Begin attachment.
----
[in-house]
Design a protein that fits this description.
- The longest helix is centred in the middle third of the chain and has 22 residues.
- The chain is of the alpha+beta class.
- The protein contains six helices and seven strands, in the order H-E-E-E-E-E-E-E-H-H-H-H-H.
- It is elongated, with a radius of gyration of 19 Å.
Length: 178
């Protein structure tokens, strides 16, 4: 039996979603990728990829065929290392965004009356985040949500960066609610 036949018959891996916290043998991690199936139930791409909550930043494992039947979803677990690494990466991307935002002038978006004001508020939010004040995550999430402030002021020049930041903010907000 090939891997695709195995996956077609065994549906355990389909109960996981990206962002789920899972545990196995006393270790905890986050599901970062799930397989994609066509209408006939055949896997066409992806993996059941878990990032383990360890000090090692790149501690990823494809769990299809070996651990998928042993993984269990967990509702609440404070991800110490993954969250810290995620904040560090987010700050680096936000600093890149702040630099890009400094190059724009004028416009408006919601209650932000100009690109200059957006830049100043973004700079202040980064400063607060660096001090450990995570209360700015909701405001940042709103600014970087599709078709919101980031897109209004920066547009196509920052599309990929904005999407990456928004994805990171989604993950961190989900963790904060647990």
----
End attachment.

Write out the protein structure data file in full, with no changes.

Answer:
[in-house]
Design a protein that fits this description.
- The longest helix is centred in the middle third of the chain and has 22 residues.
- The chain is of the alpha+beta class.
- The protein contains six helices and seven strands, in the order H-E-E-E-E-E-E-E-H-H-H-H-H.
- It is elongated, with a radius of gyration of 19 Å.
Length: 178
């Protein structure tokens, strides 16, 4: 039996979603990728990829065929290392965004009356985040949500960066609610 036949018959891996916290043998991690199936139930791409909550930043494992039947979803677990690494990466991307935002002038978006004001508020939010004040995550999430402030002021020049930041903010907000 090939891997695709195995996956077609065994549906355990389909109960996981990206962002789920899972545990196995006393270790905890986050599901970062799930397989994609066509209408006939055949896997066409992806993996059941878990990032383990360890000090090692790149501690990823494809769990299809070996651990998928042993993984269990967990509702609440404070991800110490993954969250810290995620904040560090987010700050680096936000600093890149702040630099890009400094190059724009004028416009408006919601209650932000100009690109200059957006830049100043973004700079202040980064400063607060660096001090450990995570209360700015909701405001940042709103600014970087599709078709919101980031897109209004920066547009196509920052599309990929904005999407990456928004994805990171989604993950961190989900963790904060647990």